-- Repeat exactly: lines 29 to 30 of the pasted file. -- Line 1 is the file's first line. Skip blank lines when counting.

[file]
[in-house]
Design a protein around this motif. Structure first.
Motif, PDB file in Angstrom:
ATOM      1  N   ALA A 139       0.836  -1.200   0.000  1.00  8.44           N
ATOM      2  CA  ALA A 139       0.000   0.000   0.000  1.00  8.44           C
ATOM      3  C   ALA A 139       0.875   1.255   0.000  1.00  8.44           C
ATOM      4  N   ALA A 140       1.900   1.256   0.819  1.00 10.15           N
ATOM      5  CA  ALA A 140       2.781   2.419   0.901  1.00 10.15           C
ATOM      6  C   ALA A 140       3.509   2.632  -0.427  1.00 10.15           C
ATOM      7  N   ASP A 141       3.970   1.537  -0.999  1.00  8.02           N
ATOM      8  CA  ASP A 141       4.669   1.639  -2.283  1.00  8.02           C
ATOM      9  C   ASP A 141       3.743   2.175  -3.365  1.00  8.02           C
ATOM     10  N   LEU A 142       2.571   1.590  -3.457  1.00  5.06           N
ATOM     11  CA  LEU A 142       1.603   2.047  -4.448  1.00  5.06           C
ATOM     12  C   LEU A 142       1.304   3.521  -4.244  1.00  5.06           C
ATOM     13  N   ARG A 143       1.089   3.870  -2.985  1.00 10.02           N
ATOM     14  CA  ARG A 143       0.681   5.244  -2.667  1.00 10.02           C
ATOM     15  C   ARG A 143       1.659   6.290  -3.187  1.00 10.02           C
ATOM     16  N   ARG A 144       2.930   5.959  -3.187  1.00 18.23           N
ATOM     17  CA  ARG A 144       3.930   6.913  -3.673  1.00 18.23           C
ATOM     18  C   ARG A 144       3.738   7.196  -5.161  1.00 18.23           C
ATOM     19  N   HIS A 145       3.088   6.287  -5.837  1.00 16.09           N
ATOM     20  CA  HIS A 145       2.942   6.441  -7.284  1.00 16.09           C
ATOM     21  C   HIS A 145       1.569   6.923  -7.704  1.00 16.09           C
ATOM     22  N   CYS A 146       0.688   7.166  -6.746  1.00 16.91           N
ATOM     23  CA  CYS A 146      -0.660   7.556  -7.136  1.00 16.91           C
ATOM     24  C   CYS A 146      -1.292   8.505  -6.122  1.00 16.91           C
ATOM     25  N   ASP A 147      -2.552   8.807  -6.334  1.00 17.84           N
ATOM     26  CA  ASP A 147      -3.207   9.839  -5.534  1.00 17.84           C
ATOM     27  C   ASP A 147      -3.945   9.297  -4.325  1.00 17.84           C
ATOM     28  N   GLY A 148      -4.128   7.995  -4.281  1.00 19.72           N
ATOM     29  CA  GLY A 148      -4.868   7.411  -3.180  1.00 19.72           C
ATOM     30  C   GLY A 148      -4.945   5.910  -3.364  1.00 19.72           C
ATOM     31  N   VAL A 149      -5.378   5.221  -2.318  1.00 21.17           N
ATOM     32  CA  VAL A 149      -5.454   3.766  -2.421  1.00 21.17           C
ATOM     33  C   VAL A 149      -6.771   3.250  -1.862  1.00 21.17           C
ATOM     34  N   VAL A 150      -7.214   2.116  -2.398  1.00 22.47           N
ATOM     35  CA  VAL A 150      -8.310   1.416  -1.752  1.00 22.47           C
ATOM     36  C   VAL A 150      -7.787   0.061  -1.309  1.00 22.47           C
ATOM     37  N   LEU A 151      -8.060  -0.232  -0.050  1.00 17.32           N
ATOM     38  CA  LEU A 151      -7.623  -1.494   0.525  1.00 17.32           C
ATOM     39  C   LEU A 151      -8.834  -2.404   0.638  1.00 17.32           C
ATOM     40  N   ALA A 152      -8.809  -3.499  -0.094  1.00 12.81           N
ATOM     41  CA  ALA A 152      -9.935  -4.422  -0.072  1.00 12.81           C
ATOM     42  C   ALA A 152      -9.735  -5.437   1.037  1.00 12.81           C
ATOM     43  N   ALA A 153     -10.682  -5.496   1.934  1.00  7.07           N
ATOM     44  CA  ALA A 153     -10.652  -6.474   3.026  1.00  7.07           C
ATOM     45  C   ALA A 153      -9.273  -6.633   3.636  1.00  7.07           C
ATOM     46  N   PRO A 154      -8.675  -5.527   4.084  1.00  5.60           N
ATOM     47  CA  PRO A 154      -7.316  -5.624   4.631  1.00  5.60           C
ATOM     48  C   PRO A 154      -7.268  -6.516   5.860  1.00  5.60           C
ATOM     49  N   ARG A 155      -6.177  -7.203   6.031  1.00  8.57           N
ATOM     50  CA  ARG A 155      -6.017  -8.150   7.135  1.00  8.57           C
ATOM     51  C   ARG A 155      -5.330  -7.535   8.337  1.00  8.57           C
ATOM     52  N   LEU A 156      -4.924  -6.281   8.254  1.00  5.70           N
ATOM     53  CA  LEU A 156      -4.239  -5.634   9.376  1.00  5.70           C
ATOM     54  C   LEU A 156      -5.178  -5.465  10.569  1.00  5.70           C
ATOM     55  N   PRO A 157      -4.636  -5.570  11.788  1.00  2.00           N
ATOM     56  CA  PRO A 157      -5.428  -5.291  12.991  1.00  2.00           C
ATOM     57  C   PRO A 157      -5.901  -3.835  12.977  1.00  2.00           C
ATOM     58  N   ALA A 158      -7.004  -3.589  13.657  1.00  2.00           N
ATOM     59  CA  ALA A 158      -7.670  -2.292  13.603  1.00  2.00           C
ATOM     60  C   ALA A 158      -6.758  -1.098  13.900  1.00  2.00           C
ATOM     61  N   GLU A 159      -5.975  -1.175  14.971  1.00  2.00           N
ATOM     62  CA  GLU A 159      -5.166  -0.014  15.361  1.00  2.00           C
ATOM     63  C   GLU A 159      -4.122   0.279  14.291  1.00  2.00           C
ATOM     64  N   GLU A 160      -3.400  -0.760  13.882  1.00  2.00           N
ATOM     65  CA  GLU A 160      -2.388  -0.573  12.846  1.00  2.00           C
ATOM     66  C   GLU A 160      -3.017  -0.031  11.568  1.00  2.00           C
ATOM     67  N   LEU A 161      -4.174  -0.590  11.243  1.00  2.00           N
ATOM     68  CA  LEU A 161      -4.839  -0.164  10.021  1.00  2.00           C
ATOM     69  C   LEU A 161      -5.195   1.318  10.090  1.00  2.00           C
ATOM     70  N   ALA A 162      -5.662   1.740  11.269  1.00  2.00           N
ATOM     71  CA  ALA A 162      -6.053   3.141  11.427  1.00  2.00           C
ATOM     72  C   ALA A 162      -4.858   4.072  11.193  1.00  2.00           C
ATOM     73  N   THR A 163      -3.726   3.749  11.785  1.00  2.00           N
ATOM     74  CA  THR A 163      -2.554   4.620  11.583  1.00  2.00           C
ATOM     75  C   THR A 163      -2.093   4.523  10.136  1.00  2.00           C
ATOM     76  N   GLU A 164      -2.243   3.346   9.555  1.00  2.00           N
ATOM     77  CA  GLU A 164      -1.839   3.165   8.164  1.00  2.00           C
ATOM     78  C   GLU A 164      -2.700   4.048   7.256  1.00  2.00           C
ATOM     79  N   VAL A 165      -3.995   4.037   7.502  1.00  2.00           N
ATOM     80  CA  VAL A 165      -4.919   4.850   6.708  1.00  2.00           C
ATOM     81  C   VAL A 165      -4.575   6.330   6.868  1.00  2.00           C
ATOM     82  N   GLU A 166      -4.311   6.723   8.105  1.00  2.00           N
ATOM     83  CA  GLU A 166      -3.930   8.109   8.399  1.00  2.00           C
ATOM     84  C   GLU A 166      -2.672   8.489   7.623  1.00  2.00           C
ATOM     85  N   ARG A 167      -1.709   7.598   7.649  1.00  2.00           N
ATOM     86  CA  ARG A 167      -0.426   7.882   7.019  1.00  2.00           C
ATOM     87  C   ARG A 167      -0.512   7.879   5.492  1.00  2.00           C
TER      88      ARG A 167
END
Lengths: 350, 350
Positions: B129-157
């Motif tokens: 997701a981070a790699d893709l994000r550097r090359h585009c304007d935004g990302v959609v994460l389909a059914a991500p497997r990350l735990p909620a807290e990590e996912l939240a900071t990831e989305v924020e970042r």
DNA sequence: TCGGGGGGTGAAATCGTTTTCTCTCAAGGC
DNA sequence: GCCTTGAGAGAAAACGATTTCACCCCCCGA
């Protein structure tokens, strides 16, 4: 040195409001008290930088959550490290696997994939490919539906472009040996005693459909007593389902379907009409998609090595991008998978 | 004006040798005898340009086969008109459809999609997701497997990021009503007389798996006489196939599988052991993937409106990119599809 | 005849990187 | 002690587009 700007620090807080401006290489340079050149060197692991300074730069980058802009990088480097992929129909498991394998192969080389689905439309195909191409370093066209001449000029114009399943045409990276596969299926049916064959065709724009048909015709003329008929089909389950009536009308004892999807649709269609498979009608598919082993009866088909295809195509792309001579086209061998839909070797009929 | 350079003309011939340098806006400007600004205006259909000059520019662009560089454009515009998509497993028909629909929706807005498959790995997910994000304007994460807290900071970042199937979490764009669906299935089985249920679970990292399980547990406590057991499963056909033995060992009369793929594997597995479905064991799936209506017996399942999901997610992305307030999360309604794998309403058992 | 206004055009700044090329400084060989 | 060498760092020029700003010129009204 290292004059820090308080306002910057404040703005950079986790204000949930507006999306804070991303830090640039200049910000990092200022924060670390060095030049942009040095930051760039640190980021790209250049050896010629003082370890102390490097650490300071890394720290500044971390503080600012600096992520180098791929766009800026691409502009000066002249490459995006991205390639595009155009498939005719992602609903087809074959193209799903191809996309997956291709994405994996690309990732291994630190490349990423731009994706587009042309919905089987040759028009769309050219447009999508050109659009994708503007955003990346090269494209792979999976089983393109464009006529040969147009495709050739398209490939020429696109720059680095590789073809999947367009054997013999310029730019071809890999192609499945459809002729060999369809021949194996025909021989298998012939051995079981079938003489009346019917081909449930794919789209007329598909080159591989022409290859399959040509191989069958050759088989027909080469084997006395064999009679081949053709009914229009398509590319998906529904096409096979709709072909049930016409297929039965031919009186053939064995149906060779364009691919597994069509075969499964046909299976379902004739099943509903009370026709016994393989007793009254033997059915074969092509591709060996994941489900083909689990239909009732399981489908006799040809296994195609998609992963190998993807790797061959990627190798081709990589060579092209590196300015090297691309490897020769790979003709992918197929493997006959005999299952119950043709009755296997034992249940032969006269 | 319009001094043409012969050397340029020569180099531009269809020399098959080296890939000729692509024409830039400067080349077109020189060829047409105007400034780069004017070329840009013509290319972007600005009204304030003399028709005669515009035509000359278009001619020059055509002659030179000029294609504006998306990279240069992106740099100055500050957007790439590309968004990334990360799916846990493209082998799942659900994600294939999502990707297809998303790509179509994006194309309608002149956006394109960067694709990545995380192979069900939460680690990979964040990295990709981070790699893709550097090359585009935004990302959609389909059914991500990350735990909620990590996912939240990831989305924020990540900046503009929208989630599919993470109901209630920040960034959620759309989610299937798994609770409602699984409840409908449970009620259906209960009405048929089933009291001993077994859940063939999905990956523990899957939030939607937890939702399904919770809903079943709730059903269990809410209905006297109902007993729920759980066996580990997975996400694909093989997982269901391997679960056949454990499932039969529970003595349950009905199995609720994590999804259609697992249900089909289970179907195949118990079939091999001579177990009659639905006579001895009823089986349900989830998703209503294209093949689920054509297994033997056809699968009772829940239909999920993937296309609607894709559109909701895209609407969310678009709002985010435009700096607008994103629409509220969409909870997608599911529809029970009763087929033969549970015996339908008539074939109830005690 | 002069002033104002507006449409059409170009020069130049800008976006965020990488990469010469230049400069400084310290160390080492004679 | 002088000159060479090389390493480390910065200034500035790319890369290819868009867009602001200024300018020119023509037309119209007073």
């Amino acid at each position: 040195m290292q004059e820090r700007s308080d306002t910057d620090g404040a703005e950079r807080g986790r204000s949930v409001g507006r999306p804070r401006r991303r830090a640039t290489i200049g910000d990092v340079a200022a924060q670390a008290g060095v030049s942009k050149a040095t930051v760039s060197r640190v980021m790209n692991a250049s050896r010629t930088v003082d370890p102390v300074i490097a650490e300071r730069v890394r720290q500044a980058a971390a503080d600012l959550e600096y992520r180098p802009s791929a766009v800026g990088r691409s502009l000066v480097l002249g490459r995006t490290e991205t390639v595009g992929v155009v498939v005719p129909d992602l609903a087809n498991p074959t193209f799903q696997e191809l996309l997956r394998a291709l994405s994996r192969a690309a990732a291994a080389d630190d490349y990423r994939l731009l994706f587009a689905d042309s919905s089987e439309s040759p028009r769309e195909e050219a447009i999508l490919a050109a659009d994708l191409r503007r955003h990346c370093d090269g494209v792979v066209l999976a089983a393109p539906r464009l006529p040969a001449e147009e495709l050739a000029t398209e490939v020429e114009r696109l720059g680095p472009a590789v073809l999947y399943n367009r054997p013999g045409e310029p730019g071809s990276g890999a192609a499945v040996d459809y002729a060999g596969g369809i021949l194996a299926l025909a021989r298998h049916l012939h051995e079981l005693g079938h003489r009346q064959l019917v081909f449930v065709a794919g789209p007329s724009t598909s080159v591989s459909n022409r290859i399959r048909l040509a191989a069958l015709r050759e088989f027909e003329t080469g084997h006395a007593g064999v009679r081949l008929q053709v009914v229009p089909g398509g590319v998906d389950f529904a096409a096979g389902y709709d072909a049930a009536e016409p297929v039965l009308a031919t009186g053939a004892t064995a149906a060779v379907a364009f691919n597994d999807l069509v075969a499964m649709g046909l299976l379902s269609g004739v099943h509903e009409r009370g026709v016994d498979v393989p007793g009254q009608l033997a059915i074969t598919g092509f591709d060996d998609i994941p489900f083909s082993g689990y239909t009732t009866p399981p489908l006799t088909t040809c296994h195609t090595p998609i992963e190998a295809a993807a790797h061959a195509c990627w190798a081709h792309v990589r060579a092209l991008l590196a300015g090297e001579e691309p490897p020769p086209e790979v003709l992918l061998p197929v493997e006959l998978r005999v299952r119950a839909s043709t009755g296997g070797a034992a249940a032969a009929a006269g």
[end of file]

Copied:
ATOM     26  CA  ASP A 147      -3.207   9.839  -5.534  1.00 17.84           C
ATOM     27  C   ASP A 147      -3.945   9.297  -4.325  1.00 17.84           C